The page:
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expert reaction to interim safety analysis of randomised trial on AI-supported mammography screening

A study published in The Lancet Oncology looks at artificial intelligence-supported mammography screen reading versus the standard double reading.


Prof Fiona Gilbert, Professor of Radiology & Head of Department, University of Cambridge, said:

“This exciting, large, prospective mammography study shows that one reader using AI is comparable or better than the standard of two expert readers. There are considerable manpower savings which will translate favourably to the UK to help address our workforce issues. These findings will help plan the testing and implementation of AI into the UK national breast screening programme.”


Prof Stephen Duffy, Professor of Cancer Screening, Wolfson Institute of Population Health, Queen Mary University of London (QMUL), said:

“This paper presents interesting results of a high-quality study of artificial intelligence in breast screening. The results illustrate the potential for artificial intelligence to reduce the burden on radiologist’s time. This is an issue of considerable importance in many breast screening programmes, including the NHS Programme in the UK. The results indicate that this reduction in reading time can be achieved with an increase in detection capability. There may be concerns that such technology-driven increases in detection might include overdetection of relatively harmless lesions. For example, the results of this paper include an increase in detection of ductal carcinoma in situ, which is thought to be potentially overdiagnosed. The authors plan to address this issue by estimating the effect of incorporation of artificial intelligence on the rate of symptomatic cancers arising in future years in those who were screened negative. In the meantime, it would have been helpful to see the distribution of cancers detected by grade and biological subtype. If these were similar between the artificial intelligence group and the control group, fears of overdiagnosis would be lessened.”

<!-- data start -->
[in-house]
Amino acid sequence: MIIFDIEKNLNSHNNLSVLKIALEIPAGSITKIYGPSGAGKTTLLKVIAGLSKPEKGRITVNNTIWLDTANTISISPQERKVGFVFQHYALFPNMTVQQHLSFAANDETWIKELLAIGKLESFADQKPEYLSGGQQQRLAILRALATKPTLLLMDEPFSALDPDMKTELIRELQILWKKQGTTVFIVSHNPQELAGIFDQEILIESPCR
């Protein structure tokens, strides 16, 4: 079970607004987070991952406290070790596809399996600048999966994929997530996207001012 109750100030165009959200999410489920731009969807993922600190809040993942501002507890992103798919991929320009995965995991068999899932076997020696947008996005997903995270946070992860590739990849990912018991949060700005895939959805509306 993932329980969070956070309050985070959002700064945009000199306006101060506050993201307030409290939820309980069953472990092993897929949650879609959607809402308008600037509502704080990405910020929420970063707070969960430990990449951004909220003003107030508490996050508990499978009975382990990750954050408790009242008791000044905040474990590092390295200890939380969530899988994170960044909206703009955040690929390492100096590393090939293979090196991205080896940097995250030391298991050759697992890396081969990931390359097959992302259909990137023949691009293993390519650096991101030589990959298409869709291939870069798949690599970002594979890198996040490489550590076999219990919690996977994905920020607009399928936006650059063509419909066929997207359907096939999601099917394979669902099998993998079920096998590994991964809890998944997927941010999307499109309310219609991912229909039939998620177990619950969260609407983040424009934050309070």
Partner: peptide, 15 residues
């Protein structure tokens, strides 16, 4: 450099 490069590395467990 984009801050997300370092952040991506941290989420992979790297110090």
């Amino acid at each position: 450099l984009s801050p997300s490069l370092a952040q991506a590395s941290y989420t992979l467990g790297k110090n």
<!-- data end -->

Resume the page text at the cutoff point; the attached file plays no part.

Prof Dame Wendy Hall, Professor of Computer Science, University of Southampton, said:

“It is really great to see a paper like this on the application of AI in radiography. We need this type of evidenced-based research to support the claims that AI will help us improve healthcare. This is only one experiment but others will follow. The experiment needs to be replicated many times over before we can draw any general conclusions but it is very encouraging to see the positive results.”



Artificial intelligence-supported screen reading versus standard double reading in the Mammography Screening with Artificial Intelligence trial (MASAI): a clinical safety analysis of a randomised, controlled, non-inferiority, single-blinded, screening accuracy study’ by Kristina Lång et al. was published in The Lancet Oncology at 23:30 UK Time Tuesday 1 August 2023.

DOI: 10.1016/S1470-2045(23)00298-X



Declared interests

Prof Fiona Gilbert: “No conflicts.”

Prof Stephen Duffy: “No conflict to report.”

Prof Dame Wendy Hall: “No conflicts.”

For all other experts, no reply to our request for DOIs was received.




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